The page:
INTER UNIVERSITY PRESS Solutions for Class 10 English Chapter 7 - A Doctor's Journal Entry for Aug 6, 1945 [Poem]

Chapter 7 - A Doctor's Journal Entry for Aug 6, 1945 [Poem] Exercise Passage 1

Solution 1

The narrator of the journal entry is a doctor who lives with his wife in Hiroshima. It records the horrific aftermath of the atomic bomb dropped on Hiroshima on 6th of August 1945, during WW II.

Solution 2

Before seeing the flashes of light, the day began with a calm morning. The narrator describes the day as beautiful and warm. The sun was up and the narrator gazed at the shimmering leaves and shadows before him.

Solution 3

The narrator's peaceful morning was disrupted by two sudden strong flashes of light. The sudden flares startled the narrator because he did not know what caused them and suddenly the old stone lantern before him was up in flames. 

Solution 4

This extract uses adjectives and verbs to describe the calm morning as experienced by the narrator before the blast took place. 

Chapter 7 - A Doctor's Journal Entry for Aug 6, 1945 [Poem] Exercise Passage 2

Solution 1

The poet uses hyphens for poetic effect in the second last line of the extract. They are pauses which reflect the disorientation caused by the sudden flashes of light. 

Solution 2

The poem is set during the time of Second World War. In this war, magnesium was commonly used in explosives. Therefore, the sudden flashes of light prompted the narrator to think that they were caused by magnesium.

Solution 3

As the narrator debated on what to do next everything around him began to crumble and fall. He saw the roof and the walls of his house collapse into debris. By the time he stepped out and reached the garden, he could see dust all around him. 

Solution 4

The disappearance of the narrator's drawers and undershirt was weirder than the flashes of light and the collapsing of buildings. The poet calls it weird because the narrator could not come up with any logical explanation for such a thing to happen.

Chapter 7 - A Doctor's Journal Entry for Aug 6, 1945 [Poem] Exercise Passage 3

Solution 1

After the flashes of light, the narrator was covered with wounds, dust and blood, and his clothes had disappeared. A splinter jutted from his mangled thigh. There was blood on his right side and his cheek was torn. The narrator's wife looked pale and frightened and was bloodstained when she emerged. She was also holding her elbow which was an indication that she too was injured. 

Solution 2

The flashes of light and the destruction that followed all happened so soon that the narrator did not understand what had come to pass.

Solution 3

Words such as 'alarmed', 'scared' and 'panic-stricken' have been employed in the extract to describe the narrator's fear. In the lines before these words the narrator clearly describes his own condition but when he cannot understand the cause of the explosion and is unable to find his wife, he panics further. This shows that he loves and cares for his wife dearly.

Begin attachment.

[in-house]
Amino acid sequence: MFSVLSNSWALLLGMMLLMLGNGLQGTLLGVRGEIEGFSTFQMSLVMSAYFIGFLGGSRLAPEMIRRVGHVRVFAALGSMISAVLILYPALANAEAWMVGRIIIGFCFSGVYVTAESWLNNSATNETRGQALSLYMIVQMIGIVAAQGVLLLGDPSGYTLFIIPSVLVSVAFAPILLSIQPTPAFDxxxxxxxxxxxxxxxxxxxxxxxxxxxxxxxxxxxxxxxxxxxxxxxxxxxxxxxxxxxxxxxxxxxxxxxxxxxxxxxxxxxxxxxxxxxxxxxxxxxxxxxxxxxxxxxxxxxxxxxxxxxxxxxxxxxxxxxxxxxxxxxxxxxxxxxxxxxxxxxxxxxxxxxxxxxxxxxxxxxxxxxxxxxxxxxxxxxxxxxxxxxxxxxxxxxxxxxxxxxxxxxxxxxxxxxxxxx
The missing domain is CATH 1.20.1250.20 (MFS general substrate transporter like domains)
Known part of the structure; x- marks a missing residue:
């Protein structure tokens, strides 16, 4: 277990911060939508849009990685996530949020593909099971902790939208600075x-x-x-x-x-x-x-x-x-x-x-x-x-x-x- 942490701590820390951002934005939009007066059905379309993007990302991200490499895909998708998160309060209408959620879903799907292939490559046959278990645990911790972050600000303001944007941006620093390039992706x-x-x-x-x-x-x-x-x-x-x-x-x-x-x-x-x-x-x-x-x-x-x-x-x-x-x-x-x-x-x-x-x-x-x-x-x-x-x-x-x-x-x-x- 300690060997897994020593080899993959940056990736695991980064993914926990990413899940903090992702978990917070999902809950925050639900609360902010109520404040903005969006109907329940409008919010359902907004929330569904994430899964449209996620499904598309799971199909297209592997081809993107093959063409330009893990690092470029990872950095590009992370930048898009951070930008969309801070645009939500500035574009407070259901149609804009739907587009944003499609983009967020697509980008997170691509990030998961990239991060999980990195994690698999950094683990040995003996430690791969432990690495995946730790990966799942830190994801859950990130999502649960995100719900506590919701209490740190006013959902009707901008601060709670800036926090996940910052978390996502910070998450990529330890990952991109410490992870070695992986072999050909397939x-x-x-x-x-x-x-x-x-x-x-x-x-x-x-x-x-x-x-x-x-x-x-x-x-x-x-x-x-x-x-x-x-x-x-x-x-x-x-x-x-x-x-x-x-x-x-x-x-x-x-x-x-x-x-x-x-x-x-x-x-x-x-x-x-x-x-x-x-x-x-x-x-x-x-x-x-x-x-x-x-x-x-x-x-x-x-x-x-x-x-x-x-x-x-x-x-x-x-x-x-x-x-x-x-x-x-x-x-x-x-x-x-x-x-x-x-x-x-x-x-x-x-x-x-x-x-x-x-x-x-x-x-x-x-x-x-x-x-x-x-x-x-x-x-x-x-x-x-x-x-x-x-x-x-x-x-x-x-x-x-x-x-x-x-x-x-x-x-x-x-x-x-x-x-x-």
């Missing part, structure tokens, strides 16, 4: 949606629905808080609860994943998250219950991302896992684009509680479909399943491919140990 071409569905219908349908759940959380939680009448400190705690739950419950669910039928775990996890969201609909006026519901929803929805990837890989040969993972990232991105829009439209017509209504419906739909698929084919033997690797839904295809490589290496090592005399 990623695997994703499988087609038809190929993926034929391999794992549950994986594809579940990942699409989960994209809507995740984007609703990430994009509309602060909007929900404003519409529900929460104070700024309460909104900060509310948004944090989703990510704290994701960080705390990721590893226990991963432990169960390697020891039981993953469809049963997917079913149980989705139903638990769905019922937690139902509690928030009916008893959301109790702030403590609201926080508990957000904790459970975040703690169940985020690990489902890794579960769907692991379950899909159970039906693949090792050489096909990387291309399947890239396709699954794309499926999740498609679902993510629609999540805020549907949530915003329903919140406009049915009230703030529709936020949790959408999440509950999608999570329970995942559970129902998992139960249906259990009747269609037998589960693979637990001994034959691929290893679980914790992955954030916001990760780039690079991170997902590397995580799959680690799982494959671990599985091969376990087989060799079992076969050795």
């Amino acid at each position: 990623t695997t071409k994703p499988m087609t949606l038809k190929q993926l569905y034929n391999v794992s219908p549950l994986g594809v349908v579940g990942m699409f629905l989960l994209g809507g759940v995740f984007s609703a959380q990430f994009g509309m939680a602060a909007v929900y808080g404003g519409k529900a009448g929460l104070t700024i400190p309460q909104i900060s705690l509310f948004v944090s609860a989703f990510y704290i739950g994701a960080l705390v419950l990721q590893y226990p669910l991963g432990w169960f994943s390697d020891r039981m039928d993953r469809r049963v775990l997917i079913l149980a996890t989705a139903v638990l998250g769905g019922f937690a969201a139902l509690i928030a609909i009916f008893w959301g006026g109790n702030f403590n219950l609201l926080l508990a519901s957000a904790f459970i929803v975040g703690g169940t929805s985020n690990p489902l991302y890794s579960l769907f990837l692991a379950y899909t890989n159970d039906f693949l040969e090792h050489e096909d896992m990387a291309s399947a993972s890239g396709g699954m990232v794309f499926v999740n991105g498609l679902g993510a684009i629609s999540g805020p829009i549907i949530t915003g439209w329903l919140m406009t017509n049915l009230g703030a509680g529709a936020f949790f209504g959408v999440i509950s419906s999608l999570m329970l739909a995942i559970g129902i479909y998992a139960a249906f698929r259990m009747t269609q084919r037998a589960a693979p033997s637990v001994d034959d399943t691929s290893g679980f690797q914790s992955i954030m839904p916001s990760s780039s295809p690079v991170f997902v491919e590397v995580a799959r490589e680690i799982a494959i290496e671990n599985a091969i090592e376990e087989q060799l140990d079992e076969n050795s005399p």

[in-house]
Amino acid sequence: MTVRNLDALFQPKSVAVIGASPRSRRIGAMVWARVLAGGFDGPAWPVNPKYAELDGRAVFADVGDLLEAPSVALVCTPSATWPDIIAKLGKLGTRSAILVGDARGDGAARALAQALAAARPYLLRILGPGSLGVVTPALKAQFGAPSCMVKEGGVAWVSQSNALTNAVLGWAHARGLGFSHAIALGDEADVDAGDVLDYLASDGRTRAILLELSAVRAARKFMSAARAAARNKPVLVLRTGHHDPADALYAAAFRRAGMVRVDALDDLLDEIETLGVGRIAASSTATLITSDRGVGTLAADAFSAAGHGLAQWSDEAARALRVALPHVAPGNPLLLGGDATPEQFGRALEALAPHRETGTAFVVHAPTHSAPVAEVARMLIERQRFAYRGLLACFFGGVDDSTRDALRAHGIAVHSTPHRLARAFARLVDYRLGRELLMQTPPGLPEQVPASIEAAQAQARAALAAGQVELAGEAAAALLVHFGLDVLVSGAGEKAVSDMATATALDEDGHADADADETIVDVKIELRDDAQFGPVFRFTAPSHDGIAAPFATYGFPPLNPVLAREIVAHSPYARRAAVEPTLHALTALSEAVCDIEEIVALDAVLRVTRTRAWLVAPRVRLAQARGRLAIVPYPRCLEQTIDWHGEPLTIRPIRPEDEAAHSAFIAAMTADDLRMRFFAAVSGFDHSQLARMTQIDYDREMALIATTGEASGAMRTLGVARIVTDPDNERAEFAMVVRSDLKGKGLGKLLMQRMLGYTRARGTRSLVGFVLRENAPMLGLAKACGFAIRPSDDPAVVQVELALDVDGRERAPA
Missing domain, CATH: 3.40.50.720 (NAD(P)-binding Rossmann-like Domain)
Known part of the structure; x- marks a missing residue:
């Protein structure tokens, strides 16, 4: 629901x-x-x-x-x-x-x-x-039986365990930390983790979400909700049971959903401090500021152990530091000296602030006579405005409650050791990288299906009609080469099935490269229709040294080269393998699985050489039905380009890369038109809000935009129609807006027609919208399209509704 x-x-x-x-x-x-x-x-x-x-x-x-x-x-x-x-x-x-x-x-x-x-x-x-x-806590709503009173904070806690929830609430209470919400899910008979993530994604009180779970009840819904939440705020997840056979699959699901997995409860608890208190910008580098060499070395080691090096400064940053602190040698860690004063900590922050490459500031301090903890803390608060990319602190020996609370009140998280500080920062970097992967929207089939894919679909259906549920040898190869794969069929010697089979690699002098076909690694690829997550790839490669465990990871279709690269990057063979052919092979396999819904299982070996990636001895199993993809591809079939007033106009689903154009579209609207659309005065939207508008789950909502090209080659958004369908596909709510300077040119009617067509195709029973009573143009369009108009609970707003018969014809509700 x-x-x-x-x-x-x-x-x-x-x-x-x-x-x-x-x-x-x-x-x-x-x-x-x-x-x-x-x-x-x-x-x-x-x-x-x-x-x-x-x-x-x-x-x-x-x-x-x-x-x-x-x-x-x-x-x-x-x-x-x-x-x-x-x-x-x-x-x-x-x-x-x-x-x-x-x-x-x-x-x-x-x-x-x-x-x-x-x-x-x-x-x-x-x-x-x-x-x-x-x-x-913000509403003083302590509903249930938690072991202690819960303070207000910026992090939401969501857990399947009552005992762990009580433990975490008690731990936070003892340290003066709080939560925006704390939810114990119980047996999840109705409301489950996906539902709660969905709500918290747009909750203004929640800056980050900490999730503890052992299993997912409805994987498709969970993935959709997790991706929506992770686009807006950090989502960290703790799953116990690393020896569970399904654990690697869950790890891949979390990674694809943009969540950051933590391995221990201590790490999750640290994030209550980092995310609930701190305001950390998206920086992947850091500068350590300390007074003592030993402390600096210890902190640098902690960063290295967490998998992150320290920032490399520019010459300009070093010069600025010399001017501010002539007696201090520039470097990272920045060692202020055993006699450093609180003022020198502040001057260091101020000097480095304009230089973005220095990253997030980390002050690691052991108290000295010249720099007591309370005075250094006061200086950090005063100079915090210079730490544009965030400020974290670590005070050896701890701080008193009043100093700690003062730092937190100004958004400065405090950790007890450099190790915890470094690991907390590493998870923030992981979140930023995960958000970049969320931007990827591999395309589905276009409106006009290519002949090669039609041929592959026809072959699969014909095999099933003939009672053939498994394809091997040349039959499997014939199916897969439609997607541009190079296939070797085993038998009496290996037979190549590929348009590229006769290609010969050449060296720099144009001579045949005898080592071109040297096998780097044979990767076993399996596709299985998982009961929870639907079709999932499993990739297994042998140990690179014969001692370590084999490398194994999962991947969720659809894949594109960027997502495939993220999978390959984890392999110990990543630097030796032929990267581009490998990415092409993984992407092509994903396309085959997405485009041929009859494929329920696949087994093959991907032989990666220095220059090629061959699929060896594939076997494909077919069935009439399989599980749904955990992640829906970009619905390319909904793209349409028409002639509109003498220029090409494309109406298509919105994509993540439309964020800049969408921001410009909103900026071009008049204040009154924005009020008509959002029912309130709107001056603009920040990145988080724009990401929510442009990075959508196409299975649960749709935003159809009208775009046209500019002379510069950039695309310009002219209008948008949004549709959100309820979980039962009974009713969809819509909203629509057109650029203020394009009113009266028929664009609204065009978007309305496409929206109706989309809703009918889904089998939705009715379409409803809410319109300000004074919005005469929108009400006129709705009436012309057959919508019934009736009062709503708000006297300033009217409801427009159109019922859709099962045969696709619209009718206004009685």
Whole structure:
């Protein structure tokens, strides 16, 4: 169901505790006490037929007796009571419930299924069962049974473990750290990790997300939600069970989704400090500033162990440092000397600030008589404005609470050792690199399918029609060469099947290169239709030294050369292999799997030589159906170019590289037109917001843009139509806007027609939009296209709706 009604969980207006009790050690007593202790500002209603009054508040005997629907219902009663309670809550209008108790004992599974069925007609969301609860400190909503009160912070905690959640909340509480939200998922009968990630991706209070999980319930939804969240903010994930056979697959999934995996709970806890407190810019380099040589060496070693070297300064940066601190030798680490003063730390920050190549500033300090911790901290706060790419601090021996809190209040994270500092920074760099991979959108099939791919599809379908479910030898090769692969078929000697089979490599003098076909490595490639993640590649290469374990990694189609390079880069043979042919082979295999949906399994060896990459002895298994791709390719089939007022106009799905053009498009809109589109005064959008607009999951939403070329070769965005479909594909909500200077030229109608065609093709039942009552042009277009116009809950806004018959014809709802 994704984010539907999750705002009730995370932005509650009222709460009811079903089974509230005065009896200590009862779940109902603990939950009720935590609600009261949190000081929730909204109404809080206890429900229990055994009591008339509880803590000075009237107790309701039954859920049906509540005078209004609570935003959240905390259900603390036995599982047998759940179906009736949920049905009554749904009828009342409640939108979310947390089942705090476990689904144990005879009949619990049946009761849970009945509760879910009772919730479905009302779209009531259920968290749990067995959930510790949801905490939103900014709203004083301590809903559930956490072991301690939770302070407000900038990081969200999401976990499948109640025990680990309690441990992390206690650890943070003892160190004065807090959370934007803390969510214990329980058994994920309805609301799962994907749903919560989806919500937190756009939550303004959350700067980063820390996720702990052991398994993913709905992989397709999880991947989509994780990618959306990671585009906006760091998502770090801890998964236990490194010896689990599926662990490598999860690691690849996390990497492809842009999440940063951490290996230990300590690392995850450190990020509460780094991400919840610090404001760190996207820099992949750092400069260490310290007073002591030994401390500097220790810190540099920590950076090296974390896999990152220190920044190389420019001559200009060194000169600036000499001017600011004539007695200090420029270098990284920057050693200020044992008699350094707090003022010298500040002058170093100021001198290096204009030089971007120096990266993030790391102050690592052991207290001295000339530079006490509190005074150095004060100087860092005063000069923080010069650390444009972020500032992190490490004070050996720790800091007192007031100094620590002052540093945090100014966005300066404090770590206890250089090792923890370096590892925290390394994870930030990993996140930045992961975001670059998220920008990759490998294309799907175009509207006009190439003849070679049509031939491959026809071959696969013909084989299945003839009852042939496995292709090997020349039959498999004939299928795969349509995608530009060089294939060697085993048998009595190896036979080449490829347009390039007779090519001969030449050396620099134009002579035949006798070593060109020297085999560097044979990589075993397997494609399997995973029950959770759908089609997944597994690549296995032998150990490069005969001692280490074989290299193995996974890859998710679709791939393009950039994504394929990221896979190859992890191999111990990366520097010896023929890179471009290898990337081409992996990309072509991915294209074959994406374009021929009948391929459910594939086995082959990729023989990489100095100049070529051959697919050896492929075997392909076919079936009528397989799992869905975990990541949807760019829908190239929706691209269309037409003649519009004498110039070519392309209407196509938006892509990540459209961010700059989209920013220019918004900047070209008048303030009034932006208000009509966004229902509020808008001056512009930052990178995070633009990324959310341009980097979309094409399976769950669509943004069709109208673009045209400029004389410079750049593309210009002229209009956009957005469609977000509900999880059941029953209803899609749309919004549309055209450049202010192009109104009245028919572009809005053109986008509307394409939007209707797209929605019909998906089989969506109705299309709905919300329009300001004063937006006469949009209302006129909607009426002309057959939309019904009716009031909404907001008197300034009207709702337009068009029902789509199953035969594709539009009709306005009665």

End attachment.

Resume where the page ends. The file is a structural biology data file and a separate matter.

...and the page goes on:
Solution 4

The narrator used the words 'We'll be fine,' to console his wife. When the narrator used these words he realised that he was consoling himself more than her by doing this. 

Solution 5

The narrator shares a close bond with his wife. This is evident when he nervously searches for her all around amidst the dust and the debris. When she finally emerges out of the dust, he notices her frightfully pale face and tries to console her. When he remembers that he has to do his duty as a doctor, his first thought is to send his wife to a safe place. He instructs her to go ahead without him and tells her that he will join her later. We don't know if the two reunite since the widespread devastation caused by the atomic explosion left almost everyone shattered and lost. However, the poet clearly explains to the readers that even in those trying times, the doctor chooses to look for his wife instead of fleeing to a safer location.  

Chapter 7 - A Doctor's Journal Entry for Aug 6, 1945 [Poem] Exercise Passage 4

Solution 1

On his way out the narrator stumbled over the head of a dead man who had been crushed by a gate. 

Solution 2

The narrator and his wife were shocked and distressed to see the mangled remains of the dead man. 

Solution 3

When they reached the street, it dawned on the narrator that they had to get to the hospital. They needed medical help but more urgently the narrator, who was a doctor, had to assist his staff at the hospital in looking after the casualties. 

Solution 4

The narrator uses the word 'dawned' for two things; firstly to indicate that he was too shaken by the blast to remember that his and his wife's injuries needed medical attention. Secondly, as he saw people marching towards the hospital, he suddenly realised that he was a doctor who should be at the hospital treating the injured people. 

Solution 5

As the narrator and his wife looked for safety they saw a house which was standing before them tilt, sway, topple, and crash to the earth. Then there was fire which sprang up from the dust and was quickly spreading by the wind.